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Matthew Sheargold graduated from the Canberra Institute of Technology, Australia in 1994 as dux of Interior Design. Whilst Matthew is a qualified Interior Designer his passion for design combined with a strong work ethic and international experience have helped shape him into a diverse and confident designer. Having worked primarily in architecture offices Matthew has attained an in-depth understanding and appreciation of the construction industry. In addition to interior design Matthew has found success in furniture design with several collections released in Australia.
He was employed as a work experience student with Robert Peck von Hartel Trethowan's Canberra office in his final year of study and was subsequently offered a full time position upon completion of his studies. Matthew stayed with RPvHT for 3 years during which time he was exposed to all aspects of interior fitouts and worked on projects ranging in size from 100m2 to 30,000m2 across all sectors. He was also a finalist in the Sydney Morning Herald Young Designer of the Year Award and the Country Road Homewear Design Award. His success in both of these prestigious awards bought him to the attention of Woodmark who commissioned Matthew to design a waiting chair for their supplier network within Australia. The result was Eeni Meeni Myni Mo, a modest, contemporary take on the waiting chair. It offered a selection of leg options from timber or metal to 4 legs or swivel in order to achieve a design which could be flexible without compromising the core aesthetic. The simplicity and friendliness of the design, coupled with it's price point gave it instant appeal in the marketplace and to this day it is one of Woodmark's biggest selling products.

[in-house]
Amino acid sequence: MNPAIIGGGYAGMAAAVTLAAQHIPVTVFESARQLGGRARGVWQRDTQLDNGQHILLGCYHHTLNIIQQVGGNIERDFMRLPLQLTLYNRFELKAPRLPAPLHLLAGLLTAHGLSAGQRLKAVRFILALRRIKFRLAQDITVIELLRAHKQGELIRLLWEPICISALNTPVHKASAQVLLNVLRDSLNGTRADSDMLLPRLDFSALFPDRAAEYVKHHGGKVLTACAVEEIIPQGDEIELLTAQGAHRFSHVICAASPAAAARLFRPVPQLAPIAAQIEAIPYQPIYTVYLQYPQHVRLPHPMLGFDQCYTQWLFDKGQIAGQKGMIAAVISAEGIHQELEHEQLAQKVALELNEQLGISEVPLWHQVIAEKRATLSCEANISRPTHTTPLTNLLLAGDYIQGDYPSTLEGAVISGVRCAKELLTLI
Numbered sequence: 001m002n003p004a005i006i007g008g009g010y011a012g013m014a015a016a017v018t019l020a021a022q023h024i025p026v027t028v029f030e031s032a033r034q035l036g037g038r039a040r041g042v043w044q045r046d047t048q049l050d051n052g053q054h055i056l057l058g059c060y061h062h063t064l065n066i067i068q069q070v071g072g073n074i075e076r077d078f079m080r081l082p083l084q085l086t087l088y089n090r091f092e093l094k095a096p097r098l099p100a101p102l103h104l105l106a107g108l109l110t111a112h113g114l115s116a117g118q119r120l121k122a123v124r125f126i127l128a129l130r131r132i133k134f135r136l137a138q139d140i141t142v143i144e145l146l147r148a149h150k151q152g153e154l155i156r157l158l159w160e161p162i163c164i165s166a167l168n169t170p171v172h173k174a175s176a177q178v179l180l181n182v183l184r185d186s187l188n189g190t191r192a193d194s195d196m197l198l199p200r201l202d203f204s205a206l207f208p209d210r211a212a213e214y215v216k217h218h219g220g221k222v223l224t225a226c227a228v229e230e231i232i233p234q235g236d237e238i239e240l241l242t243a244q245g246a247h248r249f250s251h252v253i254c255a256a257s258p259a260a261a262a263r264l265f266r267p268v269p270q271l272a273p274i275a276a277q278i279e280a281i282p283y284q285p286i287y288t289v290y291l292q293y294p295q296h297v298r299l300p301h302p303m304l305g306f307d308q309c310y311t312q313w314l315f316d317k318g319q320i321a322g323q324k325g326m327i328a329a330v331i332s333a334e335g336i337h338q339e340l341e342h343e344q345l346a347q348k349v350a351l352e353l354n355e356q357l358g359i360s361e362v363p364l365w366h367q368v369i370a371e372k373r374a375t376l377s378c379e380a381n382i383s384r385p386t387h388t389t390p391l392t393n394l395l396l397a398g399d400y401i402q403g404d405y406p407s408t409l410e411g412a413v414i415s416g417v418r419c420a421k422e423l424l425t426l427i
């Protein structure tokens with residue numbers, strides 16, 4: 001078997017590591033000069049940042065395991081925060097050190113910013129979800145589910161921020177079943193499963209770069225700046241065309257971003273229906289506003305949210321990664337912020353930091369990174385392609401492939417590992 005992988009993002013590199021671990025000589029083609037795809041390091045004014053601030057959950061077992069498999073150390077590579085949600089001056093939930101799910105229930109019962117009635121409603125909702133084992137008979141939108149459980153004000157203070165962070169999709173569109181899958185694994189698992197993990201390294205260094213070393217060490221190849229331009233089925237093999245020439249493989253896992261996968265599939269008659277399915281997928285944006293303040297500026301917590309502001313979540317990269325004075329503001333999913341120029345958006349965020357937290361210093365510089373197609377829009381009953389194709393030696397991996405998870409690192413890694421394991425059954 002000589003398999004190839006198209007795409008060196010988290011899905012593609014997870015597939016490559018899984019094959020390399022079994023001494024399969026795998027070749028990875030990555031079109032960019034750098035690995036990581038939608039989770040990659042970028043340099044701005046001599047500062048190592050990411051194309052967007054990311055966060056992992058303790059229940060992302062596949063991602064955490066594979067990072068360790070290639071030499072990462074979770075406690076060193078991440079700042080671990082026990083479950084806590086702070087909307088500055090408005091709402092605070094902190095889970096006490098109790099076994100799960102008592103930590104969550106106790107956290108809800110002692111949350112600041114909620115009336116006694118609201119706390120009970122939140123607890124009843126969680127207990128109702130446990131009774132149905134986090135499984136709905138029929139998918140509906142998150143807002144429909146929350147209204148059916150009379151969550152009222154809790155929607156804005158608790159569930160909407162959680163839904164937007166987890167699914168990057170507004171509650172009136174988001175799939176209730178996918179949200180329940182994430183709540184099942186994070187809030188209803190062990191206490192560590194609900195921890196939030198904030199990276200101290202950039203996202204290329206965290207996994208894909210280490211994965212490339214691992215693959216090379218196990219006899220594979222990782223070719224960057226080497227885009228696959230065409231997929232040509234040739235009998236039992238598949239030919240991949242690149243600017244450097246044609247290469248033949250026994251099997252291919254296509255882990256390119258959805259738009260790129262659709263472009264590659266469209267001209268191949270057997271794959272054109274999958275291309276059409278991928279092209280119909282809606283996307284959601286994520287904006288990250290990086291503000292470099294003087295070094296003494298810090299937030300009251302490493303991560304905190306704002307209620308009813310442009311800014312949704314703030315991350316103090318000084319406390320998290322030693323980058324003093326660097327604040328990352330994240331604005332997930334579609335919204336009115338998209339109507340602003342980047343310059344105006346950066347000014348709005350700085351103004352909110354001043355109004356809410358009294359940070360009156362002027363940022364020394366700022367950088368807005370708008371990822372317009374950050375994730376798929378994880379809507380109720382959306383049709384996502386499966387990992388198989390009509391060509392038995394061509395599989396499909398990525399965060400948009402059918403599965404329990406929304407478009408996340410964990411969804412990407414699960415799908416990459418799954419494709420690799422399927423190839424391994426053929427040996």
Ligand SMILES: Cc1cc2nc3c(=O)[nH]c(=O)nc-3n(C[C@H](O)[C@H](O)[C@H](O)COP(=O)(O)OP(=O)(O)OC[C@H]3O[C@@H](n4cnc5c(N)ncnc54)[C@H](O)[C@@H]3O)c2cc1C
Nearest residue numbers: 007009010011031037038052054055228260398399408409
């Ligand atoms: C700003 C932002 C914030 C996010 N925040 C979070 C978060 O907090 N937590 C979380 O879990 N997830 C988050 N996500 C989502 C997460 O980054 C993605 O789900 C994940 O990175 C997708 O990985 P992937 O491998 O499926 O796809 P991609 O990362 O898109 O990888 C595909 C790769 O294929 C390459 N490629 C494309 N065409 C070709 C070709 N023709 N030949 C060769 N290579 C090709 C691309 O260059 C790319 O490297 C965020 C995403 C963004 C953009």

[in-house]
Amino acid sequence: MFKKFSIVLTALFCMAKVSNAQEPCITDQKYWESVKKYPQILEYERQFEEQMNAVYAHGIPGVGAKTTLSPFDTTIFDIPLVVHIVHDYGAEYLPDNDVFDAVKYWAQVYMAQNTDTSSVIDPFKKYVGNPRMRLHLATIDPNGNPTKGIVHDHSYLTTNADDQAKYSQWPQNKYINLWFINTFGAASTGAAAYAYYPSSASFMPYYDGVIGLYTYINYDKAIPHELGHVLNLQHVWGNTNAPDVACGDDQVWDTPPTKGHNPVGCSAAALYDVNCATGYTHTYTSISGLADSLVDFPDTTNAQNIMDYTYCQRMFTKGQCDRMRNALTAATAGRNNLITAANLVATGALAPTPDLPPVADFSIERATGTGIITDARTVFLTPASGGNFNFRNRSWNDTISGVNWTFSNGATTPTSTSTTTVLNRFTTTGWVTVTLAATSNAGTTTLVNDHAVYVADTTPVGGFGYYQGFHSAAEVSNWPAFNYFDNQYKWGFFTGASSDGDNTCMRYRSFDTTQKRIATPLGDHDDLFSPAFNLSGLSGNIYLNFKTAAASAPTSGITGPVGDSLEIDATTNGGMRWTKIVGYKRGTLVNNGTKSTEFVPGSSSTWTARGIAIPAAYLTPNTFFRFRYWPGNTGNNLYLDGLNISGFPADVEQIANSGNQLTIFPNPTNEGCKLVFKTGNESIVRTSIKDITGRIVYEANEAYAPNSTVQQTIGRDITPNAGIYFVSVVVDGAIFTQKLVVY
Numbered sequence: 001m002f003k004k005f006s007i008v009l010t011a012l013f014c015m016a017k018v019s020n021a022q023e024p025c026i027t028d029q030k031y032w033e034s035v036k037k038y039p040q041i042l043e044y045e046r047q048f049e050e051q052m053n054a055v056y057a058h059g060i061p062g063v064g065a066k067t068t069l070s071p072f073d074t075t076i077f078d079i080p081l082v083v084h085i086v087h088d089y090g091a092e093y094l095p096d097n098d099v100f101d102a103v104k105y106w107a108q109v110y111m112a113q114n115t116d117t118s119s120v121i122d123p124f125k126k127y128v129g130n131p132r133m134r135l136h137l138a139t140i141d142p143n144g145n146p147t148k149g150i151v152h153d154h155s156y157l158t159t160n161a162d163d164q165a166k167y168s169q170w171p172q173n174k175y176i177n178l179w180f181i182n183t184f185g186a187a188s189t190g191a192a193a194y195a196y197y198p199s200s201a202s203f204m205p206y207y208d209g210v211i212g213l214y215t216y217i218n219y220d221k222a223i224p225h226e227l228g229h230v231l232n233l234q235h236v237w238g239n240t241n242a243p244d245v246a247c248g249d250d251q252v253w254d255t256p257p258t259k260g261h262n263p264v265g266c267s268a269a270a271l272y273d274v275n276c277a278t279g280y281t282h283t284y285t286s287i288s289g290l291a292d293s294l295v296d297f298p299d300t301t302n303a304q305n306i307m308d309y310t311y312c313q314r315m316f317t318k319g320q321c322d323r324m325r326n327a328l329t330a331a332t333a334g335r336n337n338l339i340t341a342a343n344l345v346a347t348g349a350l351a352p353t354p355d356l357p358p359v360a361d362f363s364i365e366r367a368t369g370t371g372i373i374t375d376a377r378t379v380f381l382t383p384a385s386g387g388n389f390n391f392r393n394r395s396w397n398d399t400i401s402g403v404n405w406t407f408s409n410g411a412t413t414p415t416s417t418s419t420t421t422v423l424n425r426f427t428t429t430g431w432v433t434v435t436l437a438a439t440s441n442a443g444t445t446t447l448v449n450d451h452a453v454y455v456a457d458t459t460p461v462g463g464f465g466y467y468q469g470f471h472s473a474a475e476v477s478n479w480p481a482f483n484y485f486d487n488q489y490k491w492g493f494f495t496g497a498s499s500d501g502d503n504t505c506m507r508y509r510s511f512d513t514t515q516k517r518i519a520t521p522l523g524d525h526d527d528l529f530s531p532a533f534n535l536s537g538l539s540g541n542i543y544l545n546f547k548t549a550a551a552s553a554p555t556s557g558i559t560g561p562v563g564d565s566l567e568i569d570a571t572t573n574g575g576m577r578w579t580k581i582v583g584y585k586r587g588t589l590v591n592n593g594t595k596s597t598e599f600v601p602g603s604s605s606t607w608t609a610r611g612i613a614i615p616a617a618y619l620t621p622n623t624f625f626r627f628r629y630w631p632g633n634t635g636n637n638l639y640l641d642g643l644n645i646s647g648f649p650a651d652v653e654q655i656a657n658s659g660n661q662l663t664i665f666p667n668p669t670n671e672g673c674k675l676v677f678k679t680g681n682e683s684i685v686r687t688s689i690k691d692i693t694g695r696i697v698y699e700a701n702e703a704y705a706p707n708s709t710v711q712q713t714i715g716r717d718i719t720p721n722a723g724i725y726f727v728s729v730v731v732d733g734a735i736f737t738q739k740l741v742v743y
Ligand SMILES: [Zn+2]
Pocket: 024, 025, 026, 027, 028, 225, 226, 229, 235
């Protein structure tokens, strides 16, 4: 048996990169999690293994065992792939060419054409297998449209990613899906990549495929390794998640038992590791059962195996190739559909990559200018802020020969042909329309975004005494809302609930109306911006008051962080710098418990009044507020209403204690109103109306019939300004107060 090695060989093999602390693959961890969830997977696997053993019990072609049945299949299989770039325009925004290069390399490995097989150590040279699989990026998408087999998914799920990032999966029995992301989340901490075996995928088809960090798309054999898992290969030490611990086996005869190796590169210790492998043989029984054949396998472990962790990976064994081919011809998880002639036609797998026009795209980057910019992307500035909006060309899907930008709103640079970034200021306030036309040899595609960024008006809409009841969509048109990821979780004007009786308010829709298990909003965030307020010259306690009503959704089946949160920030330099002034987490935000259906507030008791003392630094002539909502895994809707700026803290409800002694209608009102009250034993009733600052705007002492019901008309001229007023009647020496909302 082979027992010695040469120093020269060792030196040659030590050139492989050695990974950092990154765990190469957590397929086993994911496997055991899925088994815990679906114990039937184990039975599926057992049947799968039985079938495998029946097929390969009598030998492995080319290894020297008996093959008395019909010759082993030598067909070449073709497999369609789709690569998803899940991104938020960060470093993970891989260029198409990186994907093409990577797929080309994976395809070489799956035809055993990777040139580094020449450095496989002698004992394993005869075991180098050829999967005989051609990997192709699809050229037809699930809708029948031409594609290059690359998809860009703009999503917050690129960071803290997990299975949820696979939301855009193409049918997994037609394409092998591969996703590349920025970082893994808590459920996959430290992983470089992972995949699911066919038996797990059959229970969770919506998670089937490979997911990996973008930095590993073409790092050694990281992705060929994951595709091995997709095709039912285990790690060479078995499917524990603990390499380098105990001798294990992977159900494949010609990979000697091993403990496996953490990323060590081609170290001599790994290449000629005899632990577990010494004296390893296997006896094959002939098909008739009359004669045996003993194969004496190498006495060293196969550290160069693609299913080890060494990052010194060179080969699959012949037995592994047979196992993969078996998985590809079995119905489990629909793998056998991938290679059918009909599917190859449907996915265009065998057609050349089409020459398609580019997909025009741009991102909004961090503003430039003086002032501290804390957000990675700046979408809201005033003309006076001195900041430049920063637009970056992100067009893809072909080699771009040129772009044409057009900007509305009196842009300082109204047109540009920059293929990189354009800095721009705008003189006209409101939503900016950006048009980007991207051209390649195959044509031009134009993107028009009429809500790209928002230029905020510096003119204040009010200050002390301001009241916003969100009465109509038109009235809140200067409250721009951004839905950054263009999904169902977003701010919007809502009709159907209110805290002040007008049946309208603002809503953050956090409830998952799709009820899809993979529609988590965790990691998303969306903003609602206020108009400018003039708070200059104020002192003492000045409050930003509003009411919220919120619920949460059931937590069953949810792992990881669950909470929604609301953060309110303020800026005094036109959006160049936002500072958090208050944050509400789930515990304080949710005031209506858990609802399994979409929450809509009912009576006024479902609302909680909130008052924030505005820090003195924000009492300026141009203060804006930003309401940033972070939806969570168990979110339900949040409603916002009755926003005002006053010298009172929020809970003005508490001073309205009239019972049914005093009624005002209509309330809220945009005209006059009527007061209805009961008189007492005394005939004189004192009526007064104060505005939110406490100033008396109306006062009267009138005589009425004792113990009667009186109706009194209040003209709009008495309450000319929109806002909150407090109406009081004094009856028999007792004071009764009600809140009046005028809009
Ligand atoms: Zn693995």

In addition to EMMM, Matthew designed the Gruve collection of ottoman's. Gruve is understated and restrained with simple detailing bringing it to life. Extruded aluminium becomes the legs and a fully upholstered seat, in variable lengths, forms the seat. It is also available with a backrest making it a truly unique family. Both EMMM and Gruve were released into the market in October 1998.
In 1997 Matthew left RPvHT to join Woods Bagot in their Canberra office. This gave Matthew an opportunity to work within a large scale organisation and exposed him to a greater and more diverse client base including Ford and Medibank Private as well as the staple government fitouts which provide the Canberra design industry with the bulk of it's workload. Matthew stayed with Woods Bagot for 18 months until the call to travel became too great and in November 1998 he moved to London.
Matthew saw his time away from Australia less about an opportunity to grow professionally and more about personal development, there's only so much experience a place like Canberra can offer! Matthew had fully intended to join friends in London working in pubs and soaking up the seedier side of the travel experience, however upon arriving he was instantly inspired by the melting pot that surrounded him and soon found himself working at RTKL, one of the worlds largest design firms. RTKL specialise in a number of sectors including hospitality, entertainment, retail, healthcare and corporate interiors and Matthew worked across all of these in varying capacities. He travelled considerably with RTKL, working on projects throughout Europe and USA. In addition to RTKL, Matthew spent time working with 2 other smaller, more specialised design firms - Harper Mackay and Sevil Peach Gence Associates, so that he would be exposed to as many and varied projects during his time away.